No, since "decay" is a subjective term. You can formulate the Second Law in various ways; it means heat doesn't spontaneously flow from cold to warm. It also means that total entropy always increases in irreversible processes. However, self-organizing systems can increase the total entropy while also becoming more "organized", e.g. a snowflake.
  11. Subscriber Proper Knob
    Cornovii
    14 Jan '11 12:51
    Originally posted by karoly aczel
    Yeah ok, just keep standing then.

    All things are subject to the second law of thermodynamics.

    That means all physical systems are subject to decay, right?
    Nothing to do with the second law of thermodynamics Karoly.

    When in a sitting position the muscles that flex the hip joint (think bringing your knee to your chest) are in a shortened position. As a result of being in a constant shortened position they become tight (they being namely Iliacus andPsoas). The tight hip flexors then pull the front of the pelvis down, it's sexy name is 'anterior pelvic tilt'. The front of the pelvis going down means the back (posterior) goes up, the back of the pelvis moving results in the spine moving, as the spine is connected to the pelvis. This creates lordosis in the lower back. Not good. Now muscles that anchor the spine to the pelvis (namelyQuadratus lumborum) are in a shortened state, and as a result they now become tight.

    Add to this mix the glutes ie your ass. Being sat down all day means that the glute muscles are in a lengthed position, being in a constant lengthed postion has the opposite effect of being in a shortened position. They become weaker.

    Your muscles work in what's called 'chains', to perform a movement, they have to work together. The most important chain is what's called the 'posterior chain', which basically mean your hamstrings, ass (of which there are lots of muscles), and your lower back. Now we all ready know that sitting down for long periods of time lengthens the glutes which makes them become weaker. That means the other muscles in the posterior chain have to take more of the work as the glutes aren't pulling their weight.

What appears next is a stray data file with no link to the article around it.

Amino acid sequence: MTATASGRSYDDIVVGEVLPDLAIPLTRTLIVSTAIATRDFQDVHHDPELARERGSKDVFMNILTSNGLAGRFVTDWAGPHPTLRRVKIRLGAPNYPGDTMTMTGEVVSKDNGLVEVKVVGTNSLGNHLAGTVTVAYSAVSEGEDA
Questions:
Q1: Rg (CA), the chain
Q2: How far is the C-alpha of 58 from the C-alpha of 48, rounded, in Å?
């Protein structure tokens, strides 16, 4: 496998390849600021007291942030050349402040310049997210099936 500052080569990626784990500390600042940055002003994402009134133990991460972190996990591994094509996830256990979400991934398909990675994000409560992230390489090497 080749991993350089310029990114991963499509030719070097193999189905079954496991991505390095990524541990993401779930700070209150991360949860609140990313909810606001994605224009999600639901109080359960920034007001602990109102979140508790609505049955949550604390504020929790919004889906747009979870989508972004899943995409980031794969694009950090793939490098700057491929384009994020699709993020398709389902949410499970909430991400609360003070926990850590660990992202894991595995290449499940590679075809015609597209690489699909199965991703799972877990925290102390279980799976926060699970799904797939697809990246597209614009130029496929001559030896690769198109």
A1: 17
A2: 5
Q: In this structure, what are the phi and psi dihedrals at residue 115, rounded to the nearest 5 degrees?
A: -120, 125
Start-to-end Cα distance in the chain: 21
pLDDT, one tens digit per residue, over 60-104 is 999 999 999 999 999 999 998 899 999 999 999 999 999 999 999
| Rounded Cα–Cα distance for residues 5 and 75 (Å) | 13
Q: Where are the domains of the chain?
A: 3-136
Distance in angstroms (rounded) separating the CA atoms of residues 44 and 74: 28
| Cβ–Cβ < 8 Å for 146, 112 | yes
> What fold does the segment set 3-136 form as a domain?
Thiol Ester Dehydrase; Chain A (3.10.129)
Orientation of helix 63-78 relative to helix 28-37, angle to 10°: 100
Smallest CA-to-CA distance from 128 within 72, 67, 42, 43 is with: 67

The lower back (ie Quadratus lumborum which is part of ther posterior chain) is already tight from being in lordosis, now it has to work harder because the glutes aren't working properly. You end up with a tight shortened muscle working more then it should do. That creates pain. And that is the basic nuts and bolts of why 1/4 people will suffer from back pain at some point in in their life. Me being one of them.
  12. Subscriber karoly aczel
    Happy Chappie
    14 Jan '11 13:11
    Originally posted by Proper Knob
    Nothing to do with the second law of thermodynamics Karoly.

    When in a sitting position the muscles that flex the hip joint (think bringing your knee to your chest) are in a shortened position. As a result of being in a constant shortened position they become tight (they being namely Iliacus andPsoas). The tight hip flexors then pull the ...[text shortened]... ople will suffer from back pain at some point in in their life. Me being one of them.
    Ah thanks Proper Knob.

    My back is sore now.
    But how in the hell do you account for some people exeperiencing back pain and ohers not? After all , we all sit down, (or more than 25% anyway), for periods of time.

    How can I stay trim and fit after a year of slouching around and eating while others that work hard on their fitness always have to contend with weight and other health issues?
    Is that llike a metabolism thing?
  13. Subscriber karoly aczel
    Happy Chappie
    14 Jan '11 13:13
    Originally posted by KazetNagorra
    No, since "decay" is a subjective term. You can formulate the Second Law in various ways; it means heat doesn't spontaneously flow from cold to warm. It also means that total entropy always increases in irreversible processes. However, self-organizing systems can increase the total entropy while also becoming more "organized", e.g. a snowflake.
    Pffft.

    We're not snowflakes.
  14. 15 Jan '11 11:36
    Originally posted by karoly aczel
    Pffft.

    We're not snowflakes.
    Indeed we are not, but I was just illustrating that the Second Law has nothing to do with this.
  15. 22 Feb '11 07:40
    Originally posted by joneschr


    How would sitting at a computer be any different than, say, sleeping 8 hours.
    the sitting in front of a comp is in ADDITION to sleeping 8 hours.

    try a week of bed rest, see if you notice any difference at the end of it.